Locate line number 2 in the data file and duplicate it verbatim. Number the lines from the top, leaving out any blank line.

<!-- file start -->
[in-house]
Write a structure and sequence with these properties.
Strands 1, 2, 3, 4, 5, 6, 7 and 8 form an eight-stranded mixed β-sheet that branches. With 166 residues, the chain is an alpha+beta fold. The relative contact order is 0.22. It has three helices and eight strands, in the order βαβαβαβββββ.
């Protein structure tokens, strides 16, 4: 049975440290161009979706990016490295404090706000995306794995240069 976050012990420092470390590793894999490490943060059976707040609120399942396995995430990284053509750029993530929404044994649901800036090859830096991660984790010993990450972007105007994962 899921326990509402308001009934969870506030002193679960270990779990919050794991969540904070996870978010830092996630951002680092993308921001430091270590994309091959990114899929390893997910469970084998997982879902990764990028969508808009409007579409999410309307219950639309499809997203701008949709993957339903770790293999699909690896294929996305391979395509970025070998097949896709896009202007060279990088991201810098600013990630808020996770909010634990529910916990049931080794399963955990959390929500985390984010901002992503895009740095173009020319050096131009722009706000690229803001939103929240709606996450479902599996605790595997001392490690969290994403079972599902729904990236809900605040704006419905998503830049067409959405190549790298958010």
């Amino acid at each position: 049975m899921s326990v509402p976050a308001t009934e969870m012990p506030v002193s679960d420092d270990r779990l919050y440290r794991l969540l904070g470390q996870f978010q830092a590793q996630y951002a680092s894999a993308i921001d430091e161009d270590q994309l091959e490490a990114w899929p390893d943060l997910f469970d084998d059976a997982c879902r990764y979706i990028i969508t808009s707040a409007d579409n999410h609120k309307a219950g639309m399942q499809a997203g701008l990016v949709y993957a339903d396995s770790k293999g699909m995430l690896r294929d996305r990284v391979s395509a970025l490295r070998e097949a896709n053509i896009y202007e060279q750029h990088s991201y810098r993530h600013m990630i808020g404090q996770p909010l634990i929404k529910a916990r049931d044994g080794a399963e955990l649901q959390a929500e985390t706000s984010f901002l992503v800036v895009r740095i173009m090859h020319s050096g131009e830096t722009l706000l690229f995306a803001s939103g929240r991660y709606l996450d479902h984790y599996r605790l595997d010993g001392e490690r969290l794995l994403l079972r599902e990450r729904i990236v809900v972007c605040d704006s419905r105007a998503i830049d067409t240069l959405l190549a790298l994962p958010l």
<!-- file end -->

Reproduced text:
Write a structure and sequence with these properties.